How do we square the above with the Rights of Disabled Persons?

 

Would it not be sensible to take the decision not to have any children at all, if you really believe that you could not cope with raising a disabled child? After all, there is no guarantee that the child born healthy and non-disabled today will remain healthy and non-disabled tomorrow, because shit happens. For that matter, what would you do if you ended up having to care for a disabled spouse, because shit happens? Or disabled elderly parents, because shit, and ageing, happen? Would you knock them on the head and say you had to do that because they were too difficult to look after and, in your opinion, had low quality of life?

 

Does asking these questions make me ‘pro-life’? If it does, what’s wrong with respecting the dignity and sanctity of human life anyway? That respect is probably the only thing stopping me from throttling the people who suggest my son should not have the right to life.

 

Does asking these questions make me ‘anti-woman?’ No woman is just a woman, she’s also a human being, and was once a foetus (as we all were). She may also be Disabled. Or any one of many other things. Intersectionality is part of all human experience to some degree.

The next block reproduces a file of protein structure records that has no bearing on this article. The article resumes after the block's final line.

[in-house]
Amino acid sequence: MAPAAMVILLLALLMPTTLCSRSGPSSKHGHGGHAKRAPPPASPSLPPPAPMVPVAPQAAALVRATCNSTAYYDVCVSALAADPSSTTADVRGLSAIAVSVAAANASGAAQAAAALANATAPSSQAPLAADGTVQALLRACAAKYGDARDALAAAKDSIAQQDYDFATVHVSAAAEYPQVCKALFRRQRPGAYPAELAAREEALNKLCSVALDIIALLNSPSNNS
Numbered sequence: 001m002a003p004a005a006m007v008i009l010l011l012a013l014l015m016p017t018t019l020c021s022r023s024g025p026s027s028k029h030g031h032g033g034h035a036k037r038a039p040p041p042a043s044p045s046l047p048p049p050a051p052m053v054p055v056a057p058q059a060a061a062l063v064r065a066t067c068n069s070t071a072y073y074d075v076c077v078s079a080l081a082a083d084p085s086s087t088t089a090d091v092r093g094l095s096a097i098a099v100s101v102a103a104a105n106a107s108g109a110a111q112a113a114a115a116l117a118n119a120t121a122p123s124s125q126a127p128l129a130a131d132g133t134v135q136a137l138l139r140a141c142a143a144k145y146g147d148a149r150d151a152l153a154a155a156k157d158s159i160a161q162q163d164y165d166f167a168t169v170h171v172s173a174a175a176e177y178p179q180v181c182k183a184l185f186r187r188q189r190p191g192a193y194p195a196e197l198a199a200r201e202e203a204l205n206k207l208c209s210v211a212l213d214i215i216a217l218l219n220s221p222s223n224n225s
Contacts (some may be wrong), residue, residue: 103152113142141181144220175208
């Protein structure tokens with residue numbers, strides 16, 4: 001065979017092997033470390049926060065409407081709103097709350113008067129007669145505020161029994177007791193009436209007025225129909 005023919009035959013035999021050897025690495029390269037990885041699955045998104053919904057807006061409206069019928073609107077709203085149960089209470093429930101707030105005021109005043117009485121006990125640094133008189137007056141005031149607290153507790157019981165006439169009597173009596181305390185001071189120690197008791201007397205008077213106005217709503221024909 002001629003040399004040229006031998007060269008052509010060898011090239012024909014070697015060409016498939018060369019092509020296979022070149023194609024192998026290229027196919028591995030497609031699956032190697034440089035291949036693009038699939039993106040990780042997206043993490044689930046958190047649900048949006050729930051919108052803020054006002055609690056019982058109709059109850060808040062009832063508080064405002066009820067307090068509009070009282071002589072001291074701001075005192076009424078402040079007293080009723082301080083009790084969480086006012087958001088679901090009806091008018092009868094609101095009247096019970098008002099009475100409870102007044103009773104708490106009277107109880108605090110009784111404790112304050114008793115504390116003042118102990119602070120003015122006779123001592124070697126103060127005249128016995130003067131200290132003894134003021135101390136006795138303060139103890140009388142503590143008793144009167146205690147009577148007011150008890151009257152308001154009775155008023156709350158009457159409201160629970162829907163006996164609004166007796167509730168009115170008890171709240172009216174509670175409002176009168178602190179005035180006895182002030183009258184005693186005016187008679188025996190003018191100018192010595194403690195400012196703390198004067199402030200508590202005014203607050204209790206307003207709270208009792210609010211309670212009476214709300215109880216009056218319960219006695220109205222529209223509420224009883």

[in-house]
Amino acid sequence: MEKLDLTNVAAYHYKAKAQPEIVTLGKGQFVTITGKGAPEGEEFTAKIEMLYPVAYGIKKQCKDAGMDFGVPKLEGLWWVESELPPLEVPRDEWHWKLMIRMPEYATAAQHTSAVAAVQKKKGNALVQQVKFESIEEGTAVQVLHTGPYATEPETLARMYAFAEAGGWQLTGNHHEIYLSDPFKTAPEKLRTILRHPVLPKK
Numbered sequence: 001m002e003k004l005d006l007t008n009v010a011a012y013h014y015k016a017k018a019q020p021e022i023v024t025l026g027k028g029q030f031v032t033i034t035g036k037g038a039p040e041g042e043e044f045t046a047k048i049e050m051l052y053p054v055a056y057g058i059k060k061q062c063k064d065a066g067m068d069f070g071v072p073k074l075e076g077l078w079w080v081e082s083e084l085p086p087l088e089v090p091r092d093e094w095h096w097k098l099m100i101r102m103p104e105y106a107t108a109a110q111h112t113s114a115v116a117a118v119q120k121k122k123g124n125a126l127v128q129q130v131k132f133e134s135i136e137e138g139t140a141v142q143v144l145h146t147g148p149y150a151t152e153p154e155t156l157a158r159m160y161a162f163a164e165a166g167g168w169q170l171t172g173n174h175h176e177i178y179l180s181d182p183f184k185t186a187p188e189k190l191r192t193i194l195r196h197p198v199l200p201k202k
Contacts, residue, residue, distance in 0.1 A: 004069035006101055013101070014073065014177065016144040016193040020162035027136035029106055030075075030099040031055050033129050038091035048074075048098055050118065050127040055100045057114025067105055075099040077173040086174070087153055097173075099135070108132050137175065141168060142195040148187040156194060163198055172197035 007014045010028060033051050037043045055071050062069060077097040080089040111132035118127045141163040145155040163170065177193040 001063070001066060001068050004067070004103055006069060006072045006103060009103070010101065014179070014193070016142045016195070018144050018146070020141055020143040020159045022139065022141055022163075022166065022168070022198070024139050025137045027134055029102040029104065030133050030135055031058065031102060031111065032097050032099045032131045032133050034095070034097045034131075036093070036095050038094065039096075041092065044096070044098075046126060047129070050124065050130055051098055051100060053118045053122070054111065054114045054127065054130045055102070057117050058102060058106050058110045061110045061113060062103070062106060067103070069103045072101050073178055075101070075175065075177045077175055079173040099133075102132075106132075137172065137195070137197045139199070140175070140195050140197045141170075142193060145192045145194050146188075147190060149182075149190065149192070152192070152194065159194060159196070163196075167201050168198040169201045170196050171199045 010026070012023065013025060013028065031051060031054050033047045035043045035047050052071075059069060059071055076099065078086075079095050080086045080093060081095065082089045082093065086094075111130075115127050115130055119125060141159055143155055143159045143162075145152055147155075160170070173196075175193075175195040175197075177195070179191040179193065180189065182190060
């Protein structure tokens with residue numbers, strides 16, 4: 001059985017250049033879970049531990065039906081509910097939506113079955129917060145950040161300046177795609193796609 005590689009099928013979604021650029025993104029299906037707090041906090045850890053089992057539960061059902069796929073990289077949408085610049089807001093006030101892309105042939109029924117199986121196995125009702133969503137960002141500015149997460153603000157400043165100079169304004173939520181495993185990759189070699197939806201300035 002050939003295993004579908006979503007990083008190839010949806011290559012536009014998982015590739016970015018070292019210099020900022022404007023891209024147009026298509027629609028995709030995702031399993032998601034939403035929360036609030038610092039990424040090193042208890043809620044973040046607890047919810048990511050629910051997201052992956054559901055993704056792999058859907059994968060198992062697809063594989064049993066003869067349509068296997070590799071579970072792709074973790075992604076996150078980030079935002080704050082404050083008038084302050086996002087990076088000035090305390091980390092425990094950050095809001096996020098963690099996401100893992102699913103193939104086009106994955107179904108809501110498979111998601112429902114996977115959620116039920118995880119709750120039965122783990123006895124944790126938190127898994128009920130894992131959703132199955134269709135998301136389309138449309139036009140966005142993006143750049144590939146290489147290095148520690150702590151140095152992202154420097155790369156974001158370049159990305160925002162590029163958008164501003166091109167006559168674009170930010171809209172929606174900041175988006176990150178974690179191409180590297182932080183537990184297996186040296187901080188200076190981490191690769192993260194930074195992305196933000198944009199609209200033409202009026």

How do we care for and protect women who have been abused or raped, or are economically disadvantaged, etc, and at the same time give rights and protections to the unborn child?

 

If we refuse to protect the unborn Disabled child, what does this say about our perceptions of disability? And do these perceptions negatively affect the lives of children and adults living with disability? Doesn’t the view that Disabled people are ‘disposable’ before birth tend to erode their status after birth? How does this attitude affect public planning and the provision of services, and so on?

 

Don’t kill, rape, abuse, or discriminate. Treat others as you would like to be treated yourself. Protect and care for the vulnerable. Aren’t all these things no-brainers?  

 

 

 

Our Lived Perspective:  Close Encounters 2.

This latest post from Our Lived Perspective is, again, another old one: and, again, it was brought to mind by a thread in which someone had shared a negative comment they had either seen or received, posted apparently by the mother of an adult with Down’s Syndrome, who seemed extremely embittered with her life, who blamed her daughter for everything that was wrong in her life. Some queried what had happened to make her so bitter. Others, however, pointed out how much harder it must have been decades ago when parents did not receive the support that is available now, and we’re simply told that their children would never learn anything and there was nothing to be done. I’m sure it must have been.